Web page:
All aboard the buses of yesteryear
Nostalgia Editor ALL aboard for a trip down memory lane...
We take them for granted - but at one time or another we’ve all hopped on to a bus to get from A to B.
They were even the subject of an ITV comedy series in 1970s. Remember Stan, Jack and Blakey?
London’s bright red Routemaster buses are famous the world over, while first-time visitors to Tyneside were generally surprised by the banana yellow double-deckers that once criss-crossed our region.
For most of us, the first time we stepped aboard a bus away from the watchful eye of our parents was when the school bus or “scholars” pulled up. And what fun we sometimes had!
But when did folk first start purchasing a ticket to ride the earliest so-called ‘omnibuses’?
The first buses, which were drawn by horses, are thought to have appeared in North West England in the 1820s.
By the 1880s, bus services were commonplace across Britain, Europe and the United States.
For a time, steam-powered buses trundled along the roads of England, but it was mainly the horsedrawn variety that were in use until the early 20th century saw the arrival of the motor bus as we might know it today.
Here in our region, Go North East celebrated its centenary in recent years.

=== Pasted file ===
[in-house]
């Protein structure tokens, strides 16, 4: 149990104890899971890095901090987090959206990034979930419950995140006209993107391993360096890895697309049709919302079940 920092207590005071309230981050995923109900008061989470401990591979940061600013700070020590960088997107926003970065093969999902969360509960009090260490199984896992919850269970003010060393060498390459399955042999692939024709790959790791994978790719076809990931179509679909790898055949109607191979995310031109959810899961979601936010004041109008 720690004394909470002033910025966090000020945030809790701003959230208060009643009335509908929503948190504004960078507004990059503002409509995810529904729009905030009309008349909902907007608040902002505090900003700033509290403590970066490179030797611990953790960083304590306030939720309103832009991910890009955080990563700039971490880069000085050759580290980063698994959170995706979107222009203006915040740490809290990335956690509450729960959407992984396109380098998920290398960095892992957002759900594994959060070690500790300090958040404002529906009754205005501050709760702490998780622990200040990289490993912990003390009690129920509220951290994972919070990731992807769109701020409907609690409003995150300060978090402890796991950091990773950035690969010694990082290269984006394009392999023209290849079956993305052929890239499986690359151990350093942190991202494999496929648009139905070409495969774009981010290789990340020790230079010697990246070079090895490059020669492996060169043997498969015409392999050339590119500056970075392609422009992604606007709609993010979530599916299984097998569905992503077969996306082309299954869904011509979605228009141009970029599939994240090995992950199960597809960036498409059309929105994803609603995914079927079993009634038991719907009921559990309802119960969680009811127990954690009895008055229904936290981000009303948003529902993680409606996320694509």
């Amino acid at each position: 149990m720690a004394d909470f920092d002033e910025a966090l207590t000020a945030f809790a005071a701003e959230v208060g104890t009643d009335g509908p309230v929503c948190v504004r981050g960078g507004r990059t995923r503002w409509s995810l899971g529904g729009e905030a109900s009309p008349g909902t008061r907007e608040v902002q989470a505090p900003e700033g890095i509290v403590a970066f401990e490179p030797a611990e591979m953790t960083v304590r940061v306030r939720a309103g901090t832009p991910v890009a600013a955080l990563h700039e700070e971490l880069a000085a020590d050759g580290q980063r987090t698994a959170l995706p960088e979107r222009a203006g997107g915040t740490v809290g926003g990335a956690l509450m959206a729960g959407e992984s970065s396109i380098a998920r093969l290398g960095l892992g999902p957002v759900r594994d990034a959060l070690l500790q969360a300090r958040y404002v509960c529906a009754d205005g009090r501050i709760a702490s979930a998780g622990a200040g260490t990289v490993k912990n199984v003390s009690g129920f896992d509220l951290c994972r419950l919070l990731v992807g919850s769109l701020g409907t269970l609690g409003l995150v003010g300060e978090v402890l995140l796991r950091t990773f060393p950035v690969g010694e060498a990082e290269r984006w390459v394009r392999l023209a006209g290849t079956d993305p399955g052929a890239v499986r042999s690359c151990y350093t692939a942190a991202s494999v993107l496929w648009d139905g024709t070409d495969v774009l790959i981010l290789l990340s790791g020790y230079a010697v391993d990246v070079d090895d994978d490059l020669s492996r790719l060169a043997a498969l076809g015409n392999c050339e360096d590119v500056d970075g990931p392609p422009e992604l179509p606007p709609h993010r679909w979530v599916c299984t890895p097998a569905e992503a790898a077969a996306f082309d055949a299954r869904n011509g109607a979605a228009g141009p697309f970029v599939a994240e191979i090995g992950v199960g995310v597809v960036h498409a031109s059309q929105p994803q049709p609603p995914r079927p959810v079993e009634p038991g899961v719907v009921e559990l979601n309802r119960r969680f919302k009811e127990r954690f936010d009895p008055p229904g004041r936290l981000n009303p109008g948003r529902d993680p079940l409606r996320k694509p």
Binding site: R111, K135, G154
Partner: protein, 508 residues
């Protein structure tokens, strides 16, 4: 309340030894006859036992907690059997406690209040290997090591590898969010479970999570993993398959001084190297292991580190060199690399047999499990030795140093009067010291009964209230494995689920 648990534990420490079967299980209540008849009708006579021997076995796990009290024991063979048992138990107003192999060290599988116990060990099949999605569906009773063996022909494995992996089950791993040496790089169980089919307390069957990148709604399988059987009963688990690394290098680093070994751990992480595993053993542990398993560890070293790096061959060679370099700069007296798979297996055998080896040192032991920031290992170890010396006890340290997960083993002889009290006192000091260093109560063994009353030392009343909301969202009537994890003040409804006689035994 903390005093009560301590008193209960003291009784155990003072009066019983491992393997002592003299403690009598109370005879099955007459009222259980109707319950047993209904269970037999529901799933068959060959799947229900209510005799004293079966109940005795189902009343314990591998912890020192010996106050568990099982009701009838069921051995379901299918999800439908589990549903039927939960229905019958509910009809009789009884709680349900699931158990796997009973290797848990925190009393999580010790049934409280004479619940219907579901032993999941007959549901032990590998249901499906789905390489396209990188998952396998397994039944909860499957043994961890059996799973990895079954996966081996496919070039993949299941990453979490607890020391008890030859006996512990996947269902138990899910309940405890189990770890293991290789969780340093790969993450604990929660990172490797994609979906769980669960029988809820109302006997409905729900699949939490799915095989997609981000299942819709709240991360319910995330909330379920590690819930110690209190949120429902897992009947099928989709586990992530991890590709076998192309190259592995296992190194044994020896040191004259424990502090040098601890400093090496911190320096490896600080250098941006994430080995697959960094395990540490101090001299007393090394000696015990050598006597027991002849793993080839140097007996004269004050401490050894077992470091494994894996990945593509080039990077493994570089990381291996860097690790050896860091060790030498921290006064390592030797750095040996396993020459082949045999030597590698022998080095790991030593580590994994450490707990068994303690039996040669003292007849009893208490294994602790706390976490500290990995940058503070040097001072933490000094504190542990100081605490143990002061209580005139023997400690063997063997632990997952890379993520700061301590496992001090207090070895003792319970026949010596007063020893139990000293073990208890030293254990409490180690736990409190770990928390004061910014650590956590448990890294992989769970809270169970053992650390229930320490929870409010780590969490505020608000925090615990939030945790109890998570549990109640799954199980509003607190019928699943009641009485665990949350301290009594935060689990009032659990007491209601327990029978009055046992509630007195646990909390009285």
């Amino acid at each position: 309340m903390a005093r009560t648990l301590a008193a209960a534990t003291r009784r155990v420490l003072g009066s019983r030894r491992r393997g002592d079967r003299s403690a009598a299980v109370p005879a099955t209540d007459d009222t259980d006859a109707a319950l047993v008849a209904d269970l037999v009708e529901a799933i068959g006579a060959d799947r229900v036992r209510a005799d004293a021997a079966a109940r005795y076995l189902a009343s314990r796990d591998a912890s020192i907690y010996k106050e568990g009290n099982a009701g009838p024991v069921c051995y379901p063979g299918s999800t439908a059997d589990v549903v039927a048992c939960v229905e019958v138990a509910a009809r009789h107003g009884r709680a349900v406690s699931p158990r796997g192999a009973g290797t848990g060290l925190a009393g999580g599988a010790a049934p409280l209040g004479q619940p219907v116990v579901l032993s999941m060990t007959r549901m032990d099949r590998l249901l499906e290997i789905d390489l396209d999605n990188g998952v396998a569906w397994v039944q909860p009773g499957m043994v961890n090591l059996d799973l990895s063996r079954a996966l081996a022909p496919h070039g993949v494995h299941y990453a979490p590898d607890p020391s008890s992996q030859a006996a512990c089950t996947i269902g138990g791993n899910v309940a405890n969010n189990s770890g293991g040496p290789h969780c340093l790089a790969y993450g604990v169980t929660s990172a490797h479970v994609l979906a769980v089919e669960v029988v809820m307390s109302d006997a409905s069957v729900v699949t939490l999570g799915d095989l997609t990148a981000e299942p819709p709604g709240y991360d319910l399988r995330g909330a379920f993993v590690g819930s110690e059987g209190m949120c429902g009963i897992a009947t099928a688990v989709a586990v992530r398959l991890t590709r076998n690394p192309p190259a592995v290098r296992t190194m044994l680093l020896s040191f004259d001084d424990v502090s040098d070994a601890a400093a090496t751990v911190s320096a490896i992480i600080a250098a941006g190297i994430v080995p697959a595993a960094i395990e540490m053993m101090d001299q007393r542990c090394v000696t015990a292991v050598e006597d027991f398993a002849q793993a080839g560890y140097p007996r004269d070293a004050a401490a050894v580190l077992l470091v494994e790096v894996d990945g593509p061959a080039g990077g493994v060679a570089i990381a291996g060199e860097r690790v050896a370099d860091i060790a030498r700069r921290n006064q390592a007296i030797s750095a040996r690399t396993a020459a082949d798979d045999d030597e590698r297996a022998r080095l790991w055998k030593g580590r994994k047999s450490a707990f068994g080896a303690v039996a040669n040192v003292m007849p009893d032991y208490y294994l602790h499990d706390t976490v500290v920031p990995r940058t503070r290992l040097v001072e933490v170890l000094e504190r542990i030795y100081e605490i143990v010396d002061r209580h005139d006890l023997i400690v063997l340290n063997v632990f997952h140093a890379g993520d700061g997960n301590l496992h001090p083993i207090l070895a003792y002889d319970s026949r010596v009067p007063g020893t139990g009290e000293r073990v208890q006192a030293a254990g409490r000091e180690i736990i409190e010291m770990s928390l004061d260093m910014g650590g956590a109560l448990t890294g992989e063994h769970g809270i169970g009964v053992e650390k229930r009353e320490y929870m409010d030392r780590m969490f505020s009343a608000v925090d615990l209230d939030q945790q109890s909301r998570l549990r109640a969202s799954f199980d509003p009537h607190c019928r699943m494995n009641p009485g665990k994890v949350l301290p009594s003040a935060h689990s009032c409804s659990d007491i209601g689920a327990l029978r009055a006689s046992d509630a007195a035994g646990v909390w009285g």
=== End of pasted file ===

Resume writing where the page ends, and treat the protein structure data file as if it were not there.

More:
It used to be called Northern General Transport Company and Go-Ahead Northern.
The first journey undertaken by one of the company’s vehicles was on May 7, 1913 - between Chester-leStreet, in Co Durham, and Low Fell, Gateshead. A single ticket cost 5d.
Back then, if you didn’t live near a tram stop or railway station, getting around meant horse-drawn wagons or walking.
Today it’s the region’s largest bus company, and runs more than 700 vehicles.
Meanwhile Arriva, which has its roots in pre-war Sunderland, runs services right across the North East region with depots located from Ashington in the North to Whitby in the South.
With a fleet of more than 400 buses, it is one of the leading transport operators in Europe.
Enjoy our gallery of archive pictures showing buses old and recent, double-decker and single, horse-drawn and trolleypowered, among many others. Front: Haymarket bus station, 1968; Gateshead bus station, c1960s (both photographs courtesy of the Armstrong Railway Photographic Trust)
A no. 66 Northern bus to Newcastle, c1970s
A trolley bus, Newcastle city centre, c early 1960s (Eric Wilson)